Volunteering with SLV is no vacation. It’s hard, emotionally and physically. It is intense and important and you hold a lot of responsibility. Do not take that for granted. That being said, it is VERY rewarding. Plus, they give you the weekends to travel. There are two reasons why this is important: 1) it is part of learning about a new country and culture, and 2) if you worked the whole time, you’d burn out really fast– we needed that weekend to wind down and decompress after the challenging work we did during the weekdays.
Here are some examples of the work we did with service users at various projects:
SLV gives you accommodation with a local family and several other volunteers. I loved the homestay experience– living like a local in the community added a whole new level to the experience. The home was clean, comfortable, and the food was incredible. It was really nice to have a cozy, happy home-away-from-home. I was also super impressed by the level of support that was available to volunteers 24/7. There was always someone to reach out to in case of emergency or just to talk to if someone needed it. The permanent staff were always eager to help and shared their personal contact information with us to use anytime, and some permanent staff even live in the homestays with you. In all homestays there are peer mentors, which are other volunteers who stay in the country for at least 12-weeks and receive additional training to provide peer support.
At the end of the placement, we were invited to purchase sarees to wear to a going away beach party. This was a chance to have a final bit of fun with our fellow volunteers and the staff members before we parted ways. I made so many memories in Sri Lanka with so many incredible people. I learned more than I ever thought I would about global mental health, mental health in developing countries, and community-based mental health initiatives. Sri Lankans have some really great perspectives that I hope to implement here at home one day. This experience benefitted me and changed me in more ways than I thought it would–more ways than I’d ever be able to express here. Most importantly, SLV is doing really great work in Sri Lanka by supporting initiatives designed by Sri Lankans, by creating jobs in the community, and by working tirelessly with local professionals and organizations to reduce the stigma that exists around mental health in Sri Lanka.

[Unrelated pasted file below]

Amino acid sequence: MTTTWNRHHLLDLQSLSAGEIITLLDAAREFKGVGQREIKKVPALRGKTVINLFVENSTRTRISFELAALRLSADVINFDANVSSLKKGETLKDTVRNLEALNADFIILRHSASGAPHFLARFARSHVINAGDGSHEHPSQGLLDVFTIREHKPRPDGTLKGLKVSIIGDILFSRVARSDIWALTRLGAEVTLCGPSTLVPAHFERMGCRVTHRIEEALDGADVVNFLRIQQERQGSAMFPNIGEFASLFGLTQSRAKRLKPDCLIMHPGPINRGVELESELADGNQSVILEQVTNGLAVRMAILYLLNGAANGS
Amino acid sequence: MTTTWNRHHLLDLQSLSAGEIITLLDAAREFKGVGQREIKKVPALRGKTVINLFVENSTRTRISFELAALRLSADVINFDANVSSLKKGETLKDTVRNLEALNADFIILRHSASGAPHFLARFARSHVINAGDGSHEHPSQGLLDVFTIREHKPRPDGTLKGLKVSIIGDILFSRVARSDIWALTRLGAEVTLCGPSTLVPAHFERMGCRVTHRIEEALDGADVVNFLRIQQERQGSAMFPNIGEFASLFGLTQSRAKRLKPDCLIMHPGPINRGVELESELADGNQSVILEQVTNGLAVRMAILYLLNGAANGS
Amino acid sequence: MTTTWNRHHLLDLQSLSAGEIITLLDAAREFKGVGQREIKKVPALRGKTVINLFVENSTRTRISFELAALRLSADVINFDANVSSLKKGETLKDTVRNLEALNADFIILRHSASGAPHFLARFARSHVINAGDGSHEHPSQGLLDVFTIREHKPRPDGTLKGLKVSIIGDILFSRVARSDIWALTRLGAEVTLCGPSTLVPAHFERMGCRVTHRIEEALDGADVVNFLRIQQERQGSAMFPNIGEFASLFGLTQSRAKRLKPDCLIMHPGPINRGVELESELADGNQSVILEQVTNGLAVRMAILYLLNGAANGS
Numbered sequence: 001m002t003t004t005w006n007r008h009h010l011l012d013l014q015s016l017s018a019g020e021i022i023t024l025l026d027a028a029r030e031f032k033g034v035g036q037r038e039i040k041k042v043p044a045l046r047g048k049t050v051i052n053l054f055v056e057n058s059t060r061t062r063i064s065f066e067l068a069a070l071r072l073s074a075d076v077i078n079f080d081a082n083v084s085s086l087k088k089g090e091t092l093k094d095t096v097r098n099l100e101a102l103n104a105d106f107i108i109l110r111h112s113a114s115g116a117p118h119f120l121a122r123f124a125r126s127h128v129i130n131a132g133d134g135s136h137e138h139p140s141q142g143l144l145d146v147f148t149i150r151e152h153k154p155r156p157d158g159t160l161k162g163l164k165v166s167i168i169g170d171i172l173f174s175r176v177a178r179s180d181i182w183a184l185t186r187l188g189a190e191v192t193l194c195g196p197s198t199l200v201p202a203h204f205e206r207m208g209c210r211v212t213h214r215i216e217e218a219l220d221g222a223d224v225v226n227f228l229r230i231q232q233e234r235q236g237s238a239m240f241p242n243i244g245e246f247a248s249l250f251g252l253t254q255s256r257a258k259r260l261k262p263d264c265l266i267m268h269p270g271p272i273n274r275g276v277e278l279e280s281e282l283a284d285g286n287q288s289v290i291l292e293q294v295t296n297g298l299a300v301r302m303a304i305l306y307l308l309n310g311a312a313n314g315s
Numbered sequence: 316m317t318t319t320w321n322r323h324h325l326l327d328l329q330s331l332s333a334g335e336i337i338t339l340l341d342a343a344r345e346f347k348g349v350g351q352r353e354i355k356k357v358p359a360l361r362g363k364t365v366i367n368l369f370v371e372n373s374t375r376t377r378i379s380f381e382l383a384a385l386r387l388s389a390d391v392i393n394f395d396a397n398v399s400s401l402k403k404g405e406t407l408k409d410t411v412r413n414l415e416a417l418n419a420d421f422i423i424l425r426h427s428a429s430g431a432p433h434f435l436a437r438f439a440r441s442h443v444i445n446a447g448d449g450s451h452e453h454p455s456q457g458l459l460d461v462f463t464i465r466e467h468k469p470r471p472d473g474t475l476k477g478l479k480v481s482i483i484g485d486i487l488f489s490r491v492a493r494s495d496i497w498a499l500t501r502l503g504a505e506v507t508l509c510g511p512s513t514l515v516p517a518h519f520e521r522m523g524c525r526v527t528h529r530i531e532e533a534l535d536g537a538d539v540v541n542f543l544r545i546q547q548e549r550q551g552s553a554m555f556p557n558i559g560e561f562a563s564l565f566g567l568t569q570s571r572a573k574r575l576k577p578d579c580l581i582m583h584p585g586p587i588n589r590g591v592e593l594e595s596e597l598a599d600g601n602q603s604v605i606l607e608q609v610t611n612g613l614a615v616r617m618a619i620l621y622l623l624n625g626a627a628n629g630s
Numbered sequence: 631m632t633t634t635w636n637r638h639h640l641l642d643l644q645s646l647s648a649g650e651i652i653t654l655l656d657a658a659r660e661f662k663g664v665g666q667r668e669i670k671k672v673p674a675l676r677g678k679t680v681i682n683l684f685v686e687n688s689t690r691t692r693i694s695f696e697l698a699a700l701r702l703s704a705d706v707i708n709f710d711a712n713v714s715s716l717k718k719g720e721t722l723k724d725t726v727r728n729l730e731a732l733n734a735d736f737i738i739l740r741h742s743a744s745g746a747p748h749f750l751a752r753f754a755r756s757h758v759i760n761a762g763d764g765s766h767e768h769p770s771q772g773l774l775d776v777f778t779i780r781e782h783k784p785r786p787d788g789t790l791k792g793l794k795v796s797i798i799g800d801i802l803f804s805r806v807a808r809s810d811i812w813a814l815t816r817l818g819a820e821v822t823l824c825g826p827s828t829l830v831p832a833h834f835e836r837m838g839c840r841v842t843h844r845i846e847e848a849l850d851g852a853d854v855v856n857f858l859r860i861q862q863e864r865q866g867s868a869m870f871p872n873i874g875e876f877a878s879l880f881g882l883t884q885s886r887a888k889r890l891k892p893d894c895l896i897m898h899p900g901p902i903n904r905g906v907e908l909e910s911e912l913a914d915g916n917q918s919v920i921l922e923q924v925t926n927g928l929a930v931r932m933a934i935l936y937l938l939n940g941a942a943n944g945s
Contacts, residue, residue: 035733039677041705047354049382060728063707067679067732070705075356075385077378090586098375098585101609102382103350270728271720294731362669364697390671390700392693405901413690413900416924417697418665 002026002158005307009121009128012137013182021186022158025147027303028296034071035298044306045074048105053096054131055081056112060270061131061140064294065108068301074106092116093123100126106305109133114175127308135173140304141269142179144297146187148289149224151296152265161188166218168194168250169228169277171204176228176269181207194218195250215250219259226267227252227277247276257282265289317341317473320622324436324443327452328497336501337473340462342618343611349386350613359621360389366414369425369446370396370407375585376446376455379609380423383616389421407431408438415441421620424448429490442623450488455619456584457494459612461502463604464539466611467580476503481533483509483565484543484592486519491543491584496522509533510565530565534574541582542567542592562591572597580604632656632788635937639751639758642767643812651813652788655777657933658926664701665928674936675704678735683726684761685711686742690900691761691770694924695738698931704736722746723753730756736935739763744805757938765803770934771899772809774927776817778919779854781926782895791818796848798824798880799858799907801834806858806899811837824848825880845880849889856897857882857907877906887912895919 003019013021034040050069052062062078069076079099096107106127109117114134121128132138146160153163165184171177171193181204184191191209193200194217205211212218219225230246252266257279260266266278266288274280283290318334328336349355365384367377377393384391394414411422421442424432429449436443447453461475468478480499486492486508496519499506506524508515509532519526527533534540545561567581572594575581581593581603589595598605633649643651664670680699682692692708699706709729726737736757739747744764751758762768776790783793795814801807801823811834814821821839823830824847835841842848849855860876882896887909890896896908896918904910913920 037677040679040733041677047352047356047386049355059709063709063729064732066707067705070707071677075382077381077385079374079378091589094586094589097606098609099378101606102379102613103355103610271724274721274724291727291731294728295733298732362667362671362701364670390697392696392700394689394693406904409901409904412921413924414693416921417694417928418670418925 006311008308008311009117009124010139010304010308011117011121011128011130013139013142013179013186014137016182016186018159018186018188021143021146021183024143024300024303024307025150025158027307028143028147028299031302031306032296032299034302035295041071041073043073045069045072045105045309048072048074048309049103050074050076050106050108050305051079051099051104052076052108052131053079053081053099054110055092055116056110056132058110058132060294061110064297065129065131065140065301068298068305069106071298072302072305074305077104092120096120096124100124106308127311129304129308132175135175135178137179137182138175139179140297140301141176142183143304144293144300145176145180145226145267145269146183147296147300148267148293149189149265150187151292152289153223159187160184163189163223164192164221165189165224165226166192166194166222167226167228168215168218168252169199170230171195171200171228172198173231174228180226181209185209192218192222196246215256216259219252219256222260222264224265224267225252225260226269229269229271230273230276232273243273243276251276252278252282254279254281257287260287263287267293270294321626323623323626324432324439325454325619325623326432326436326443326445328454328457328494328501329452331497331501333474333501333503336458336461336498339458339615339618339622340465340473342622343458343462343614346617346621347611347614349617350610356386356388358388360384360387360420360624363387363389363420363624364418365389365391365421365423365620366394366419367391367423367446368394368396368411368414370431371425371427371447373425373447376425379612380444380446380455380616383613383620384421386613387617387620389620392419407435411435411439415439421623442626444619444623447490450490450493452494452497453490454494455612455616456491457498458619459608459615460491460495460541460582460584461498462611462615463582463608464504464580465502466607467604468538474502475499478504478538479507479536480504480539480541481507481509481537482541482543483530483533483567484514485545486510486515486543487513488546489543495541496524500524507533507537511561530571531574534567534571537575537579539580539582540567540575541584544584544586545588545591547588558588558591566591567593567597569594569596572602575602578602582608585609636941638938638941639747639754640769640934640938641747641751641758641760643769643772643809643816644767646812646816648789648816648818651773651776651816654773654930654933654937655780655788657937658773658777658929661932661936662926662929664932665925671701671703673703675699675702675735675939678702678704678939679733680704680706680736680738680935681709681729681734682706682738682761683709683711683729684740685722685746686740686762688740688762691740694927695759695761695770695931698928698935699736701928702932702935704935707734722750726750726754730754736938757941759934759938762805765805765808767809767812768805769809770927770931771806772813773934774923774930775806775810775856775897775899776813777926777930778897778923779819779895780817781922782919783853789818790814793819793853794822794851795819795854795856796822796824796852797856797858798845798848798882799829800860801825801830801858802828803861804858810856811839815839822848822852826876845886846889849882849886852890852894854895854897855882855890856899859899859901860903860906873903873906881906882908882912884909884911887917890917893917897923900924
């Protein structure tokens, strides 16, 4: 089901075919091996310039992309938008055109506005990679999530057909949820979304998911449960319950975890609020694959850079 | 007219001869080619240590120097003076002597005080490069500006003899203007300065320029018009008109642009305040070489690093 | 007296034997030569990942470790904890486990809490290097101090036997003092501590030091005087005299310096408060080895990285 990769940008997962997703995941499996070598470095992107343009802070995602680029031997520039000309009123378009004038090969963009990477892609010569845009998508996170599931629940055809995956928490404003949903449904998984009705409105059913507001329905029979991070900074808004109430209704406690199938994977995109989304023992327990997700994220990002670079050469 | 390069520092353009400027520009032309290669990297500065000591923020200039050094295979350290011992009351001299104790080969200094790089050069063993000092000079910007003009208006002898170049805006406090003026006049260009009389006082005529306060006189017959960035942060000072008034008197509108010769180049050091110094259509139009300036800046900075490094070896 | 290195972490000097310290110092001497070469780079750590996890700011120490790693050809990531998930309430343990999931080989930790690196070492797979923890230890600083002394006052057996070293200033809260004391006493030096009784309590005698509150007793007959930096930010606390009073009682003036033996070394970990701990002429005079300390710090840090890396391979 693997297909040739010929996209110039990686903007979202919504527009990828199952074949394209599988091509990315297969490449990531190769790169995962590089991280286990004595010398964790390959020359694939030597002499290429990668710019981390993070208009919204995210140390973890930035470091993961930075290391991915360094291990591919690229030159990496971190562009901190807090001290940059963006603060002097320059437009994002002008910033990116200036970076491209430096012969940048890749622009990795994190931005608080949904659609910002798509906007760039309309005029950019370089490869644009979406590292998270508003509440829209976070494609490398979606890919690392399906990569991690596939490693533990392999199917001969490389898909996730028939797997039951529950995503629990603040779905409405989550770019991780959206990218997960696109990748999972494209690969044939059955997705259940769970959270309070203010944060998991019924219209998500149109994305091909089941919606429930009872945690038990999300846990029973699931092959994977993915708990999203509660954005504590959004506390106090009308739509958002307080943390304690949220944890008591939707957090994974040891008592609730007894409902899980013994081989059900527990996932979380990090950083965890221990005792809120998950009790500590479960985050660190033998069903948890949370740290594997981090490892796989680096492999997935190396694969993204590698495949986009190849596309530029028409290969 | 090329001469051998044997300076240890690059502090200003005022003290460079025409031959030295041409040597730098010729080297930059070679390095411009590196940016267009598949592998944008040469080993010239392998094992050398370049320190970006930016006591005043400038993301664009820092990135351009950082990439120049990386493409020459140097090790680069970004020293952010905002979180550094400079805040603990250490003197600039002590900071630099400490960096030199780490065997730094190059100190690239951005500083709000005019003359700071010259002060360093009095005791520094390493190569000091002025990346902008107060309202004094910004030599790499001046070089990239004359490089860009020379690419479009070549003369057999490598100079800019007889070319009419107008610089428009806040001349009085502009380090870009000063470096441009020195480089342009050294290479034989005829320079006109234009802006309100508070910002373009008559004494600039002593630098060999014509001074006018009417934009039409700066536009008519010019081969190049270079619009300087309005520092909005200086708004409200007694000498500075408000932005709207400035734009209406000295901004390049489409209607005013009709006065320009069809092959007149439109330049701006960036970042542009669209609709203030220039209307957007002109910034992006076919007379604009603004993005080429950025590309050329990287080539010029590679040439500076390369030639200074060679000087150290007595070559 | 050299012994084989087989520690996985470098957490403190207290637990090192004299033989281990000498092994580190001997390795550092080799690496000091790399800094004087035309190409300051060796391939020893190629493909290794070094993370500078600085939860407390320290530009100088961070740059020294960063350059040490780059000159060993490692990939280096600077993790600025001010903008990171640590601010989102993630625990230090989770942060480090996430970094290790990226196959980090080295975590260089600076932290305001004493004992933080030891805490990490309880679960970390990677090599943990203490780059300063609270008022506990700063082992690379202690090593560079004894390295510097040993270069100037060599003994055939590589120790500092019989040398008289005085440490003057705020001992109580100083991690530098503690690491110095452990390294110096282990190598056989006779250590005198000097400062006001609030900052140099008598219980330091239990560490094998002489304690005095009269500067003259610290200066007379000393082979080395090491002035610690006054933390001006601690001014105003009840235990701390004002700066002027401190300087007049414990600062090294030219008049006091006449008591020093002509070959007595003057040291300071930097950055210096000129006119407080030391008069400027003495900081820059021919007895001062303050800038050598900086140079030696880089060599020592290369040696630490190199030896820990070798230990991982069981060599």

A summary of all the reasons why I think SLV is a great choice for your volunteer trip:
- There is a strong focus on sustainability in the communities they work in, meaning they do not initiate new programs, they only support ongoing local programs. They encourage volunteers to pass on knowledge and expertise to the caretakers at the projects.
- There is a strong focus on confidentiality and putting service users first. If you’re thinking about posting a cute pic on your insta of you with a local child, think again. This not only puts the service user at a huge risk, but it jeopardizes the integrity of the organization and the work they’re doing.
- They minimize the impact of a high volunteer turnover on their service users.
- They are very concerned with respecting community/cultural norms and customs, such as appropriate dress and covering tattoos and piercings.
- They provide volunteers with a lot of educational opportunities such as workshops, lectures, and field trips where you get to shadow local psychiatrists. My group got to go on home visits with him and it was a really humbling experience and I learned a lot by seeing it firsthand.
- 24/7 in-country support with incredible staff.
- There is a strong focus on stigma reduction and raising awareness in-country.
- You get weekends for travel!
- They create jobs for locals through permanent staff and homestay family opportunities.
If you have ANY questions at all about SLV.Global please ask me. I would love to help you out. But also ask them, because they are the pros! Check out their website: slv.global and social media: @slvglobal
Thank you for reading what basically turned into an essay. If you have volunteered abroad before, leave us a comment! Let’s start a conversation about ethical volunteering! Hit us up on social media @twowildtides to chat directly.